Reference > Quotations > C.N. Douglas, comp. > Forty Thousand Quotations > Primary Author Index
C.N. Douglas, comp.  Forty Thousand Quotations: Prose and Poetical.  1917.
Wentworth Dillon
        Abstruse and mystic thoughts you must express
With painful care, but seeming easiness;
For truth shines brightest thro’ the plainest dress.
        Immodest words admit of no defence;
For want of decency is want of sense.
        Men still had faults, and men will have them still;
He that hath none, and lives as angels do,
Must be an angel.
        My God, my Father, and my Friend,
Do not forsake me in the end.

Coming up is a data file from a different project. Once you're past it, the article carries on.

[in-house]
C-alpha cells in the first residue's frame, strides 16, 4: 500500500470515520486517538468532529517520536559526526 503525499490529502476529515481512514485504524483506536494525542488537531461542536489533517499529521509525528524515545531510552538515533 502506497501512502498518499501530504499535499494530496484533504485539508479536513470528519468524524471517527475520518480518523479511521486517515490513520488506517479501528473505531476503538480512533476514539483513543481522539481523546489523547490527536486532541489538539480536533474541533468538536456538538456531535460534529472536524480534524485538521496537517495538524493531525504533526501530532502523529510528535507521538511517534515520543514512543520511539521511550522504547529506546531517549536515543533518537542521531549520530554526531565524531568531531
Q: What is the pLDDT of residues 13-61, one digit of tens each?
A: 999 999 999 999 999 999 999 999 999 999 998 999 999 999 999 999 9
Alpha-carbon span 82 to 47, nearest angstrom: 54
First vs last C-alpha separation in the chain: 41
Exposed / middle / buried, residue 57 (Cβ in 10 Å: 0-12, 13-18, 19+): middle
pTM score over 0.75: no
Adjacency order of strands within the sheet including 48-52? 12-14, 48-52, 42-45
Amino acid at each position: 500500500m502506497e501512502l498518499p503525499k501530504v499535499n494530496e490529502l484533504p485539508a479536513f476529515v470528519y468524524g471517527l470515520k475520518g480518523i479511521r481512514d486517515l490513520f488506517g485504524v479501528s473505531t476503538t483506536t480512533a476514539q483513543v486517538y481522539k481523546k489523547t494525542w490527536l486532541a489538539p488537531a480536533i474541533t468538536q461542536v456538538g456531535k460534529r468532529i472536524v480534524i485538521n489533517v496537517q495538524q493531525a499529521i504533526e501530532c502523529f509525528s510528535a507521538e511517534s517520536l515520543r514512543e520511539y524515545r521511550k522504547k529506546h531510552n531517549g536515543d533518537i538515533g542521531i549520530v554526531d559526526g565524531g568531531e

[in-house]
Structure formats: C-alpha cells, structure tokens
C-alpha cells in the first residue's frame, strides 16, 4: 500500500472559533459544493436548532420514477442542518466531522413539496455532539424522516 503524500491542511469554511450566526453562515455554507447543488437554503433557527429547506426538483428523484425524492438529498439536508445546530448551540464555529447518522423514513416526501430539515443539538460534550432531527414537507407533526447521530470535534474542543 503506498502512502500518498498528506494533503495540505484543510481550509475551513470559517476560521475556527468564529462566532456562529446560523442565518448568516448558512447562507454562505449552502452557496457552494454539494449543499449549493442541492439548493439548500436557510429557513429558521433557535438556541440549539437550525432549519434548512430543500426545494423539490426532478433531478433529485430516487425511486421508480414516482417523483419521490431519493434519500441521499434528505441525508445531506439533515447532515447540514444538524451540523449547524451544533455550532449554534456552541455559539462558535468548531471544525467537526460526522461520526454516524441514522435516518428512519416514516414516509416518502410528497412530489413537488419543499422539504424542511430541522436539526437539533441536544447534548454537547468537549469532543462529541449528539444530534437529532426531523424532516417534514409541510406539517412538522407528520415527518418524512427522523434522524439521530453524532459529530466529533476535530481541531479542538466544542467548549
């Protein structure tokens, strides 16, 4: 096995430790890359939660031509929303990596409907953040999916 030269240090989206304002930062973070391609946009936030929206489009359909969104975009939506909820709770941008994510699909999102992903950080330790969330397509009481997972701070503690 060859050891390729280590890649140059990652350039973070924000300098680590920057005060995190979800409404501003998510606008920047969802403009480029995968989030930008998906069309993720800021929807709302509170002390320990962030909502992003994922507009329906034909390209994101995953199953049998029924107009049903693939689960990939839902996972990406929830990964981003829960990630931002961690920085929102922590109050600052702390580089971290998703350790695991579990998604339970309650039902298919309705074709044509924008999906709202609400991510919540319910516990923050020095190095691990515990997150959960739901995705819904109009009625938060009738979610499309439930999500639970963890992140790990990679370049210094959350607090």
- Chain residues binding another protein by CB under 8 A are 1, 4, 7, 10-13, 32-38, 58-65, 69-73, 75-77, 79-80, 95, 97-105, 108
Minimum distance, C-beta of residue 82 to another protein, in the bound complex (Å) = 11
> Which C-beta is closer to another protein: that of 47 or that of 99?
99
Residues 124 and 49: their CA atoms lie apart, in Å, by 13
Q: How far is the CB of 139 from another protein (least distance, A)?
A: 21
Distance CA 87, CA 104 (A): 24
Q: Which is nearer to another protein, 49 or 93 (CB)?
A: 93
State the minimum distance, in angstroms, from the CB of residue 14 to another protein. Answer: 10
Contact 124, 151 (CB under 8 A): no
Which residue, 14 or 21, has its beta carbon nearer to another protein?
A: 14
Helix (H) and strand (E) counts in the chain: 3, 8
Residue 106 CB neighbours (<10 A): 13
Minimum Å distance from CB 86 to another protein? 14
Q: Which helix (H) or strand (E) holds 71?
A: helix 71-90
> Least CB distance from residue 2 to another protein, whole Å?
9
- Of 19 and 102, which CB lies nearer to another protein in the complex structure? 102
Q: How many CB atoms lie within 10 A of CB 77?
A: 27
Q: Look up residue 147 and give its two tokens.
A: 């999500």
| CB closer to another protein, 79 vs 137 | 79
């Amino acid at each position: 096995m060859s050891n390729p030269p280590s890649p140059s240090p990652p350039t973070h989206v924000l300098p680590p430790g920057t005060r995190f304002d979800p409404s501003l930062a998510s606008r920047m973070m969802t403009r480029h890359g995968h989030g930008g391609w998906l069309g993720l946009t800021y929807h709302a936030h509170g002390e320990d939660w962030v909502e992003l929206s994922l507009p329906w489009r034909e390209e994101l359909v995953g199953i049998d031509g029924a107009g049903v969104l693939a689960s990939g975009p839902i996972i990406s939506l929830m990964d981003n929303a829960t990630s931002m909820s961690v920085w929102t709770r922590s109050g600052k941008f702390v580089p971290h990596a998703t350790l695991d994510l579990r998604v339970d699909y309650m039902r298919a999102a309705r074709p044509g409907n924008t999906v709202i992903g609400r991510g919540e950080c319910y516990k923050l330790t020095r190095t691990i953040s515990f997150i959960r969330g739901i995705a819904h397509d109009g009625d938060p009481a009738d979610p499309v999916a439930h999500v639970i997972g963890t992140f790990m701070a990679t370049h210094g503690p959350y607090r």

Praise Him, each savage furious beast
That on His stores do daily feast;
And you tame slaves, of the laborious plough,
Your weary knees to your Creator bow.
        The first great work (a task performed by few)
Is that yourself may to yourself be true.
        The last loud trumpet’s wondrous sound,
Shall thro’ the rending tombs rebound,
And wake the nations under ground.
        The men, who labor and digest things most,
Will be much apter to despond than boast;
For if your author be profoundly good,
’Twill cost you dear before he’s understood.
        The press, the pulpit, and the stage,
Conspire to censure and expose our age.
        Thou whom avenging pow’rs obey,
Cancel my debt (too great to pay)
Before the sad accounting day.
  And choose an author as you choose a friend.  11
  But words once spoke can never be recall’d.  12
  The multitude is always in the wrong.  13

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